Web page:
Nucleation process of an M2 earthquake in a deep gold mine in South Africa inferred from on-fault foreshock activity

Tuesday, 16 December 2014
Yasuo Yabe1,2, Masao Nakatani2,3, Makoto Naoi2,4, Joachim Philipp5, Christoph Janssen6, Hironori Kawakata2,7, Georg H Dresen6 and Hiroshi Ogasawara2, (1)Tohoku University, Sendai, Japan, (2)SATREPS, Tokyo, Japan, (3)University of Tokyo, Bunkyo-ku, Japan, (4)Kyoto University, Kyoto, Japan, (5)GMuG Gesellschaft für Materialprüfung und Geophysik mbH, Bad Nauheim, Germany, (6)Helmholtz Centre Potsdam GFZ German Research Centre for Geosciences, Potsdam, Germany, (7)Ritsumeikan University, Kusatsu Shiga, Japan
We observed foreshock activity of an Mw2.2 earthquake (the mainshock) that occurred in a gabbroic dyke at a depth of about 3.3 km from the surface in a deep gold mine in South Africa. Foreshock activity, selectively occurring on a plane on which the mainshock would occur, lasted for at least six months until the mainshock. Rock samples in the mainshock source region were recovered by drilling afterward. Indication of ancient hydrothermal alteration on the rupture plane of the mainshock suggests that the foreshock activity occurred on a pre-existing weakness, probably a healed joint, to nucleate the mainshock. The foreshocks during the three months leading up to the mainshock concentrated to three clusters (F1-F3), which, we interpreted, represent the nucleation at multiple sites. The temporal variation in the foreshock activity in the three months can be well explained by the temporal variation of the stressing state in the source region of the mainshock due to nearby mining. One of these clusters (cluster F2) showed an accelerated activity from about 10 days before the mainshock, while activity over the entire foreshock area was rather constant. The foreshock sources in the final 41 hours, during which the stress state was constant, migrated from F2 to F1 that neighbored to the mainshock hypocenter, suggesting coalescence of the two nuclei. The occurrence of mainshock was 0.4-2.3 days earlier than the time expected from an extrapolation of the accelerated foreshock activity in F2. The nucleation of mainshock may have been advanced to the criticality for dynamic instability in a stepwise manner upon the coalescence of nuclei.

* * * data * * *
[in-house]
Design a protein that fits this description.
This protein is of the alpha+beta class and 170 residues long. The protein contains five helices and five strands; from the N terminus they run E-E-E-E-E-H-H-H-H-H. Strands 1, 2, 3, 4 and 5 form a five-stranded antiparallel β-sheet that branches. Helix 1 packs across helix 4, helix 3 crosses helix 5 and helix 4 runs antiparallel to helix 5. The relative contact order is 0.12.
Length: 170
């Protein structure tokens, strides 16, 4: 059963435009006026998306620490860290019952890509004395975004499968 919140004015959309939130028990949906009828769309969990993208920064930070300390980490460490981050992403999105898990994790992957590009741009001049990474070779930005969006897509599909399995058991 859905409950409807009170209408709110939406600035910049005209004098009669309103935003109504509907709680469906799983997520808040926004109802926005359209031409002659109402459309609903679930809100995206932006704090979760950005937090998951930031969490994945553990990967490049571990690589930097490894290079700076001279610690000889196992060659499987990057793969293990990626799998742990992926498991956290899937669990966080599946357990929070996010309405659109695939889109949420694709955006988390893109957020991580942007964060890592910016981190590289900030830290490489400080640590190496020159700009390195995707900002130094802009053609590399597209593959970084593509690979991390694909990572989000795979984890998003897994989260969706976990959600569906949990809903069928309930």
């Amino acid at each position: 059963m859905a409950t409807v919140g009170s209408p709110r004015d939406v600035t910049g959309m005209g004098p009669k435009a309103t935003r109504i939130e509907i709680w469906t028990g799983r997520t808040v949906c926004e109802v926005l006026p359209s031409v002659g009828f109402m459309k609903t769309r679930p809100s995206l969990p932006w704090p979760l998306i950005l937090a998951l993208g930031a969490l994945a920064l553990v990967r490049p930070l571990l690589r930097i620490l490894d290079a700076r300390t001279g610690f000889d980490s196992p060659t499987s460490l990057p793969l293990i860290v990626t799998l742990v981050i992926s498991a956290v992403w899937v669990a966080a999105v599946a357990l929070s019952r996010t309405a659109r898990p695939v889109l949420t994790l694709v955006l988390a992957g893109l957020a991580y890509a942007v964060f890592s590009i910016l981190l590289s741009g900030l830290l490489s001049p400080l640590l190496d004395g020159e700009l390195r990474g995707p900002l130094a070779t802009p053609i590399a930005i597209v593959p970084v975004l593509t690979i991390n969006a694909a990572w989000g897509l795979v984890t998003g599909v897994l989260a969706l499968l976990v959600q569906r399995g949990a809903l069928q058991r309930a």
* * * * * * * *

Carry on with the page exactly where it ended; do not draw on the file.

While the heterogeneity of geological structures obscures the straightforward manifestation of self-driven quasi-static nucleation, the present careful analysis suggests that some essence of such nucleation as known from the fracture theory and laboratory experiments was caught in the pre-M2 AE data on a natural joint at a depth of 3.3 km.